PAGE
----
ByWith this new iconic character being created, how will this change the way screenwriters write action heroines?
Danai Gurira on how 'Black Panther' challenges the conventions of femininity
By Jess Joho
Having risen to fame through her iconic performance as The Walking Dead's Michonne, Danai Gurira is no stranger to female power ripped from the pages of comics.
But in Black Panther, Gurira plays another kind of female warrior — one who wields her womanhood as a strength, and casts femininity in a whole new light in the process.
"Okoye flies in the face of our conventional ideas of femininity, while still functioning within her own definition of femininity," Gurira told Mashable at the Los Angeles Black Pantherpress junket.
Though her bald, tattooed head is rooted in her Wakandan traditionalism, Okoye still shatters our real-world standards of traditional beauty through a fierce kind of fabulousness. "She doesn't take to the conventions of how the rest of world says a woman should wear her hair, for instance," Gurira said. "But she also always has a big red lip on, a lot of lash — without ever compromising her philosophy. She lives contentedly within both."
In one of the film's standout moments, Okoye bemoans the need to wear a wig for an undercover mission in South Korea — before quickly discarding it at the first sign of action. "Because she doesn’t want it, and she doesn’t need it," said Gurira. "She has a tat on her head that means she’s a General, so why would she ever cover that up for anything or anyone?"
But Okoye doesn't just lose her wig during this scene. "She throws it!" Gurira exclaims with joy. She turns the very trappings of traditional, white-centric beauty into a literal weapon, using her wig to defeat a small army of men. "It’s just so beautifully feminine in its resourcefulness."
As the fearless leader of the Dora Milaje, the elite all-female fighting force that protects the leaders of Wakanda, Okoye could've easily fallen into the cliches of the now standard-issue Strong Female Character.
Instead, she subverts them with a multi-dimensional complexity that shows audiences a much wider spectrum of empowerment.
During the LA press conference, Gurira described how, one by one, the initial shock that every actress felt after going bald to play a Dora Milaje soldier soon transformed into something else entirely.
Because, "then the pride started to grow, the embracing of this symbol of power for these women."
Throughout their various iterations in the comics, the Dora Milaje's origin story hasn't always been what you might call empowering. Often written by men, these soldiers were frequently framed as male fantasies – for instance, serving as T’Challa’s potential wives as well as his guards.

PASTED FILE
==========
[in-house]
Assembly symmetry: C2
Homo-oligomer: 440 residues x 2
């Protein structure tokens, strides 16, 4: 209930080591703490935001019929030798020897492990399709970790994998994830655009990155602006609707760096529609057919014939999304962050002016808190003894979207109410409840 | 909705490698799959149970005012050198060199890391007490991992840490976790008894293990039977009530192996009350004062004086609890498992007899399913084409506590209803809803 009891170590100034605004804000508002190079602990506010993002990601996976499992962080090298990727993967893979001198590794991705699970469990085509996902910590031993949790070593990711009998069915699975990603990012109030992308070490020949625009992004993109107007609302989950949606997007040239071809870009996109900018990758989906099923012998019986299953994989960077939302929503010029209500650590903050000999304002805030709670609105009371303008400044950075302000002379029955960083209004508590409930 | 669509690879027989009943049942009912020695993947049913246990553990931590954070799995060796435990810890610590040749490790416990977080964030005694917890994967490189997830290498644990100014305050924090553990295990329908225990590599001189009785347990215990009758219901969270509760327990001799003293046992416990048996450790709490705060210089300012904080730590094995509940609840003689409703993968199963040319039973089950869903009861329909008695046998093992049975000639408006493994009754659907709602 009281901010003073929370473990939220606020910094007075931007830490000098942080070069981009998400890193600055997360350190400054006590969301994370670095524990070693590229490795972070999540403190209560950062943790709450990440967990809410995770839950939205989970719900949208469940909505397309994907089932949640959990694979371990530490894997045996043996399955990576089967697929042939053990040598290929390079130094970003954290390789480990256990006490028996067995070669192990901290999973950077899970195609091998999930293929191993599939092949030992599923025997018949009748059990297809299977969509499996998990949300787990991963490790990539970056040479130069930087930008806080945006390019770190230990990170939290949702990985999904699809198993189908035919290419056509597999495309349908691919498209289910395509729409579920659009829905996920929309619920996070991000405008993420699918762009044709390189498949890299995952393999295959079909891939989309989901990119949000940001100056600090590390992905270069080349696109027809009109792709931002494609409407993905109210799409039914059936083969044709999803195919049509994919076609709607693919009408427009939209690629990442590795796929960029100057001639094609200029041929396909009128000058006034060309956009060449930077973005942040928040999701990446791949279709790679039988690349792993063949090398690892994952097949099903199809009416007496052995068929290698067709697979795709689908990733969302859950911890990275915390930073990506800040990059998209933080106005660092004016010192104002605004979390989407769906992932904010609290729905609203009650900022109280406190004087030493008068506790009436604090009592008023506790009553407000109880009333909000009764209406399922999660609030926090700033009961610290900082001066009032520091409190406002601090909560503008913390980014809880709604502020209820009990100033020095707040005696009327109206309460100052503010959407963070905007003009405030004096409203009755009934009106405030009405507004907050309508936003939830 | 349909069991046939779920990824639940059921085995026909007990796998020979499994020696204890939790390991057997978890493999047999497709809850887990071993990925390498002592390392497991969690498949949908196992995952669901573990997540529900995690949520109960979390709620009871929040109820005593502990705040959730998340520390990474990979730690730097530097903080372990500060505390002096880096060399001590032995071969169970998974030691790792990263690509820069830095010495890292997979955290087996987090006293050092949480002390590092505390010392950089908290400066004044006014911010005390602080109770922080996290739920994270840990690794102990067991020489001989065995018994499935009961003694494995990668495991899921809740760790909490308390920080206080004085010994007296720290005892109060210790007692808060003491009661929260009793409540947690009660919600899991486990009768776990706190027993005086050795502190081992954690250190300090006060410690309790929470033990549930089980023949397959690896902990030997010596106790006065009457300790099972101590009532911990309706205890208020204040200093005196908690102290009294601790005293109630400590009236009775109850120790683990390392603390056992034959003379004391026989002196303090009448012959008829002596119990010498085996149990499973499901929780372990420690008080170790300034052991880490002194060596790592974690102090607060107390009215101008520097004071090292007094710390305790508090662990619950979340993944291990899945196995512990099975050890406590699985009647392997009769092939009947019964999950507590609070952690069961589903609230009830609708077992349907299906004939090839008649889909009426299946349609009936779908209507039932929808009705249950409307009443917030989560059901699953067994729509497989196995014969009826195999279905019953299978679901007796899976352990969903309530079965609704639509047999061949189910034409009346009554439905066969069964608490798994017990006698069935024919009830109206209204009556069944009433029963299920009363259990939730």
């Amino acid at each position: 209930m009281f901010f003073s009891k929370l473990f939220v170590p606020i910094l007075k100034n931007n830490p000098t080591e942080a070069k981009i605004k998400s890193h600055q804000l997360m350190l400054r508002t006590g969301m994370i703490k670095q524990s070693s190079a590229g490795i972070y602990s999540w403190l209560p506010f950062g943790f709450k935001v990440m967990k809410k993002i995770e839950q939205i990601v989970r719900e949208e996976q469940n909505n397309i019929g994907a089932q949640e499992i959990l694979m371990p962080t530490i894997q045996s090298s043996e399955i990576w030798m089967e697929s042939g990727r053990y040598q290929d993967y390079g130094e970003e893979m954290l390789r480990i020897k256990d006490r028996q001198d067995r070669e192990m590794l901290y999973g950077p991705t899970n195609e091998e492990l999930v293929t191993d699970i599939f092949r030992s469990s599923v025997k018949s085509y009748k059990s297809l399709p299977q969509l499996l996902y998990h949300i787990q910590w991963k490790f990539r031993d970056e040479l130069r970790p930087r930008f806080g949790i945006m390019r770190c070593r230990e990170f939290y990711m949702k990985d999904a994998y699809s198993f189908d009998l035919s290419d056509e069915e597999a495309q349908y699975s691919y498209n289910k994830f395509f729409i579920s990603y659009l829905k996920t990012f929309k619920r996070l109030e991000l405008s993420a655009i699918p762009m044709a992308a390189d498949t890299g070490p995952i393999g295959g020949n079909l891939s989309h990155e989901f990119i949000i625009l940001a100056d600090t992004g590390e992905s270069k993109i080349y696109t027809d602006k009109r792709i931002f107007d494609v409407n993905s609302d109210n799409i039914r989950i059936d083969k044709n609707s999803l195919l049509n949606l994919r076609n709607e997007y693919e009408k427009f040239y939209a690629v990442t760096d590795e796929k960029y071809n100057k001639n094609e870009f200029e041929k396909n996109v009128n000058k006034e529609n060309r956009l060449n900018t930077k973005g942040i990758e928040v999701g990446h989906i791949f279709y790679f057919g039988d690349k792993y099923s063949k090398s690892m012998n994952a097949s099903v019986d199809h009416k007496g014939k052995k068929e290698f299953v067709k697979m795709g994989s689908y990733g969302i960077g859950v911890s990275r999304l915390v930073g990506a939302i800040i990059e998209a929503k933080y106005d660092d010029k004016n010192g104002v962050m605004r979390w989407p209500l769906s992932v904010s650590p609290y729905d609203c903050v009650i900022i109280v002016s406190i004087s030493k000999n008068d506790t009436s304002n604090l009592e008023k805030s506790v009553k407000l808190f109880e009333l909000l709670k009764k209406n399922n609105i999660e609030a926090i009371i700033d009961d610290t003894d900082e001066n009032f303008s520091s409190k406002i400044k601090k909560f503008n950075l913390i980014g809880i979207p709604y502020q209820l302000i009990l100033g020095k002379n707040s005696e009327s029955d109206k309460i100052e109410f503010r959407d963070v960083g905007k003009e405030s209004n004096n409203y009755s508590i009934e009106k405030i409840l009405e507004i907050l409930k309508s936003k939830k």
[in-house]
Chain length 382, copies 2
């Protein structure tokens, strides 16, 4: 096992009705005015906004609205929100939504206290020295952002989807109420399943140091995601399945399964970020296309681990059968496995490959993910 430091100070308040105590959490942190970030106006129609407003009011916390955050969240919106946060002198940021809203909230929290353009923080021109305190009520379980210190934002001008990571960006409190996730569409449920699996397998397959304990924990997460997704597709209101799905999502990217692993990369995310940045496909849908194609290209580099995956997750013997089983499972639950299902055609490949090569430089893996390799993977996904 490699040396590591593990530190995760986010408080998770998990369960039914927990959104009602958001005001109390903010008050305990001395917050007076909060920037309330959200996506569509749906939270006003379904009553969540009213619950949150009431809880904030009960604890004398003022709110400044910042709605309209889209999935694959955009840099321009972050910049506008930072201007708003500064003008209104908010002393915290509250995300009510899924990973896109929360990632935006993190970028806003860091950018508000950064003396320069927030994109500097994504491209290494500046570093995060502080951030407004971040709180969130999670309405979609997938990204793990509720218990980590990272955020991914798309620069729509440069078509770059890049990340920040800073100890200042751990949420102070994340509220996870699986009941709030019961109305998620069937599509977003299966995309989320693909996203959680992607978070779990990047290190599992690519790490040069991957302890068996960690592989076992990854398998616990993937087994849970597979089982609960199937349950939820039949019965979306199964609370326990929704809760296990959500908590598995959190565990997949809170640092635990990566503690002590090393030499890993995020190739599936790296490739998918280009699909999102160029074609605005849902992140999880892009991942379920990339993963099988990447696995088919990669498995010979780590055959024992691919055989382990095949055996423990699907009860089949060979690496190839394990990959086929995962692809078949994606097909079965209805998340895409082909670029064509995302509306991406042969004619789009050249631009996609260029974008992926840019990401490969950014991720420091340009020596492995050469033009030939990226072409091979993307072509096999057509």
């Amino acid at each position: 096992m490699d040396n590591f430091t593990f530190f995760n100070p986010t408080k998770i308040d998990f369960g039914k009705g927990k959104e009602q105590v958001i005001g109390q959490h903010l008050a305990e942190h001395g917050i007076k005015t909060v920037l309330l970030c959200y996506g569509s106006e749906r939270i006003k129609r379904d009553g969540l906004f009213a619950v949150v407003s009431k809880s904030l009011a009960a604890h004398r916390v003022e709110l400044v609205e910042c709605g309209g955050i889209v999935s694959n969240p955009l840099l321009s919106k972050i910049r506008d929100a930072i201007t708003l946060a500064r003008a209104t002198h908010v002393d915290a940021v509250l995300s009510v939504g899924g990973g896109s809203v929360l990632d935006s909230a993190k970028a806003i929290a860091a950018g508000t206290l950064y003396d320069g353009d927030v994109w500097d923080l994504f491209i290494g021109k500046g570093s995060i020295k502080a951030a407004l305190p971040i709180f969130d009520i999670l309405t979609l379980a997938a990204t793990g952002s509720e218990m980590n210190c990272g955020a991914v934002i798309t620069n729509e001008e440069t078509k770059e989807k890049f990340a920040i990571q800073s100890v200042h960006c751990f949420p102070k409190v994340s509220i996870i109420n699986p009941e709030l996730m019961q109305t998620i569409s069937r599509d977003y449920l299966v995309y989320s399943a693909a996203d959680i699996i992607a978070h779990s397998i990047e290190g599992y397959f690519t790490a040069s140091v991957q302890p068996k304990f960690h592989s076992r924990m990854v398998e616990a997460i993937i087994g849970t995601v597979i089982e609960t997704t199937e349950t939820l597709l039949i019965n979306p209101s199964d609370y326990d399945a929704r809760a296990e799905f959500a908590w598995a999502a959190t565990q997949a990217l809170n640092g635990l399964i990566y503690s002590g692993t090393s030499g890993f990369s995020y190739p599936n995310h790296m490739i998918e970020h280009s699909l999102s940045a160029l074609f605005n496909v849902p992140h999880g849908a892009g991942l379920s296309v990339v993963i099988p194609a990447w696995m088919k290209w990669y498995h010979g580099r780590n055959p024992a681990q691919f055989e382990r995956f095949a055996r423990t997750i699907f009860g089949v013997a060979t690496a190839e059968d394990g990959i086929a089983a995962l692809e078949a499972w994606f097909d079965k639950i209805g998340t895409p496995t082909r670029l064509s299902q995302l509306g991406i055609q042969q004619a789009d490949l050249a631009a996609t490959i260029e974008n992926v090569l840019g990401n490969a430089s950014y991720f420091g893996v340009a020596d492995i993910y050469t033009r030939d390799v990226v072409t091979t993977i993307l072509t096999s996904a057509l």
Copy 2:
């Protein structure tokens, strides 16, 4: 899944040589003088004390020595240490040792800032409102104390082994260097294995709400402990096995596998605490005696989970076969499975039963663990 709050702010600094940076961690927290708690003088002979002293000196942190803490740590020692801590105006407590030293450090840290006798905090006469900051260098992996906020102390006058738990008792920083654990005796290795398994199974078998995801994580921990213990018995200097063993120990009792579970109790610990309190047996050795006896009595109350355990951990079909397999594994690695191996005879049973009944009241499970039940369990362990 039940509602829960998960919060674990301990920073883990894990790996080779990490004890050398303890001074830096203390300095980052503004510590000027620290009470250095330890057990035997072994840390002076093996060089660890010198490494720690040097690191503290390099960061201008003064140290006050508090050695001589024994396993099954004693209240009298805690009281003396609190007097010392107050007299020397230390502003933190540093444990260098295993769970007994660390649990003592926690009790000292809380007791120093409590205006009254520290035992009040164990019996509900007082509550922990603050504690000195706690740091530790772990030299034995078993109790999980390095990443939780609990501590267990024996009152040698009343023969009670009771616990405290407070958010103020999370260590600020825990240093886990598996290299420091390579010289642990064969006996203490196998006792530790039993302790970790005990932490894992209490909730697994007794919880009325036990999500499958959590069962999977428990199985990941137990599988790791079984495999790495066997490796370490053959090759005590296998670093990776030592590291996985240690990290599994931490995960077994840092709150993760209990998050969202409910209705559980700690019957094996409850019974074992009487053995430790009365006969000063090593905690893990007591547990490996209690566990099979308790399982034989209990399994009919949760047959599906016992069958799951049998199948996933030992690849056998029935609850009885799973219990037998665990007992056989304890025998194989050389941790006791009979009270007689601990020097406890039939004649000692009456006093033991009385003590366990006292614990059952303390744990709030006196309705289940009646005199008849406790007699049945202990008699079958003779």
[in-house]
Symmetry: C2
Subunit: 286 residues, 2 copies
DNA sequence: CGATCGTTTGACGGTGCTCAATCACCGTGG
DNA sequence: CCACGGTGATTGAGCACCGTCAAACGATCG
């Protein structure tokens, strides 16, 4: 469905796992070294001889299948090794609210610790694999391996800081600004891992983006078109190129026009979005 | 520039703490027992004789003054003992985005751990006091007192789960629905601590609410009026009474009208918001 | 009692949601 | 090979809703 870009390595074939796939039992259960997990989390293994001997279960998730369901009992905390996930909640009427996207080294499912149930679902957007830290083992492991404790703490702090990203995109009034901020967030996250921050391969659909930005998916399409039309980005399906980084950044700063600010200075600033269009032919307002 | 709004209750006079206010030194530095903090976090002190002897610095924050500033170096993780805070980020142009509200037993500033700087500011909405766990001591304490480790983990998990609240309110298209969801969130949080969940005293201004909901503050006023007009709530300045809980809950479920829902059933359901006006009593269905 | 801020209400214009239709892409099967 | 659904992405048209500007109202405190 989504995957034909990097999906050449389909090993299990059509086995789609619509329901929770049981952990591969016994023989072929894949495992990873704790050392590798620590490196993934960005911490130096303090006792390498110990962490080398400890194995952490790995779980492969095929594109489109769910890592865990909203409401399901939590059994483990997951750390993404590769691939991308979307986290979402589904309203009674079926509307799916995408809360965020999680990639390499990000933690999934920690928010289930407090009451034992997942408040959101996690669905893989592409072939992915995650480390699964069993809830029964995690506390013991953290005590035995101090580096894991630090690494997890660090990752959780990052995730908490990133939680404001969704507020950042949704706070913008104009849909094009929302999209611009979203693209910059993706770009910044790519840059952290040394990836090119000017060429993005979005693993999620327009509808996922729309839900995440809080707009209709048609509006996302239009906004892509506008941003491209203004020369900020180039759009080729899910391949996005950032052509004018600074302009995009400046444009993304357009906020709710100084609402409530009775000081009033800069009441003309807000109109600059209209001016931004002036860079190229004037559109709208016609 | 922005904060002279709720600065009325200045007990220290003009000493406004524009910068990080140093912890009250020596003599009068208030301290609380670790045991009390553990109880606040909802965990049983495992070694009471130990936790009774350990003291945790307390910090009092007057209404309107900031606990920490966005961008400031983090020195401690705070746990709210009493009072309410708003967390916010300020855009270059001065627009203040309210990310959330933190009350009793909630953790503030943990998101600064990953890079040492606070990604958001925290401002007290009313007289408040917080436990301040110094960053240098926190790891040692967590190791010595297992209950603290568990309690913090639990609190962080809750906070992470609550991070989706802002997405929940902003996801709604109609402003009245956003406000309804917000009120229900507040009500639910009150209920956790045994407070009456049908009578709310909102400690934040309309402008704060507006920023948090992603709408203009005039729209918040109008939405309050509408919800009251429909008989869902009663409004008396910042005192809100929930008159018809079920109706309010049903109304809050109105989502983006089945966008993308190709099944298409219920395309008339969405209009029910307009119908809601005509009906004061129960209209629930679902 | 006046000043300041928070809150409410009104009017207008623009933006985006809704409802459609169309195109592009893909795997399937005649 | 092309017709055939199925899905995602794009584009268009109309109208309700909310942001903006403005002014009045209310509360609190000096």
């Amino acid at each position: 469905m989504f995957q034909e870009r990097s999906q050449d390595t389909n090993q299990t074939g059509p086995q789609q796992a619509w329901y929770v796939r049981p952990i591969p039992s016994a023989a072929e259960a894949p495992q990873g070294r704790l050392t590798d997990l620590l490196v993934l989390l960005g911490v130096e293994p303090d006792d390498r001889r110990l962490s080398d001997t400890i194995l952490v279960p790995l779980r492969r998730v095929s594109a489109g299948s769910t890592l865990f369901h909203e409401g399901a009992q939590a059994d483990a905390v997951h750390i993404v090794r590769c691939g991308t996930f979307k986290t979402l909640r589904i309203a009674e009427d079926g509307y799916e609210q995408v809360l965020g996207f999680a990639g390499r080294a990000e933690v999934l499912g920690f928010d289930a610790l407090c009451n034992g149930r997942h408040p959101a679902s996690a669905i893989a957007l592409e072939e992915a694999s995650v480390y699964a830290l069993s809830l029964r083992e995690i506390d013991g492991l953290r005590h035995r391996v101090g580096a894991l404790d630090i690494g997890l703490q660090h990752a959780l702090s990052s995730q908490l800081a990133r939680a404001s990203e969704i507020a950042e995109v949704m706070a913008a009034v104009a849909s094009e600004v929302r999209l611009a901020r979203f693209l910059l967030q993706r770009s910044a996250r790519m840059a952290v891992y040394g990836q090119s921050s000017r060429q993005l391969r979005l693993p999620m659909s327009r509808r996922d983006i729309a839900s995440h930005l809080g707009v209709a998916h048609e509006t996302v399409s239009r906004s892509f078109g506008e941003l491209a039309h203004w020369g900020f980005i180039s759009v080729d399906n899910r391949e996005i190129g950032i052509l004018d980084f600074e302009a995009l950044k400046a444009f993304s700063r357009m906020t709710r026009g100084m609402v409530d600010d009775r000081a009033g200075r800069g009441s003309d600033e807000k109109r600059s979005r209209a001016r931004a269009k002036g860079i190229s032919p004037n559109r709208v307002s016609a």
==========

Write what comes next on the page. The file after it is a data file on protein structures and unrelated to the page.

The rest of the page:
The film, however, presents them as an encapsulation of the Wakandan ideal that, "the matriarchal and patriarchal must stand side by side," said Gurira. "Wakanda understands that we need every ounce of power and every ounce of potential. It doesn’t deny either its power. And it’s the most advanced nation on the planet — so go figure.
Too often, even the most progressive depictions of female superheroes empower them through the lens of masculine ideals. Jessica Jones is gifted with brute force – a traditionally male form of power. Wonder Woman is still the picture of traditional feminine beauty.
The Dora Milaje, on the other hand, derive their power and beauty from a femininity that exists outside patriarchal concepts of empowerment.
"I love the idea that Wakanda had the realization — probably thousands of years ago — that there is a ferocity, a power, an ability, a focus, and a single-mindedness in women that needed to anchor their nation," said Gurira.
Those uniquely feminine attributes shine through in their fighting style. The Dora Milaje always take down targets as one, working together with gorgeously synchronized attacks. "Their ways of moving are very specifically designed by women — fierce, powerful, military-minded women who figured out stratagems that made them most effective and deadly in battle," said Gurira.
In action, the grace of this unified army looks like the lethal dance of militarized ballerinas, while also mimicking the hunting tactics of lionesses — one of the only big cats known for carrying out strikes in packs, with almost Seal Team Six-like strategies and precision.
Gurira's performance as Okoye solidifies her status as the leader of a revolution in female representation. She refuses to be reduced to simplified characterizations. She carries out her responsibilities as a general with as much gravity as levity, and her effectiveness derives from a balance of raw power and careful tact.
Like all the female characters in Black Panther, she is treated with a distinct humanity that many women — especially women of color — do not have the privilege of enjoying in our world.
Which is why, above all else, Okoye is not married to any man or king, but rather, "married to her nation," Gurira said. To her, it is an honor to devote her life to the preservation of Wakanda, because she understands that "this nation must thrive so that the girls coming up after me have a place to thrive like I have."
Wakanda is a refuge and fantasy for everyone who has had their humanity stripped away by the systems of oppression embedded in an imperializing, patriarchal society. It's an ideal worth living and dying for, in the real world as much as in the Marvel cinematic universe.
And luckily, we've got one of the most badass warriors ensuring its protection.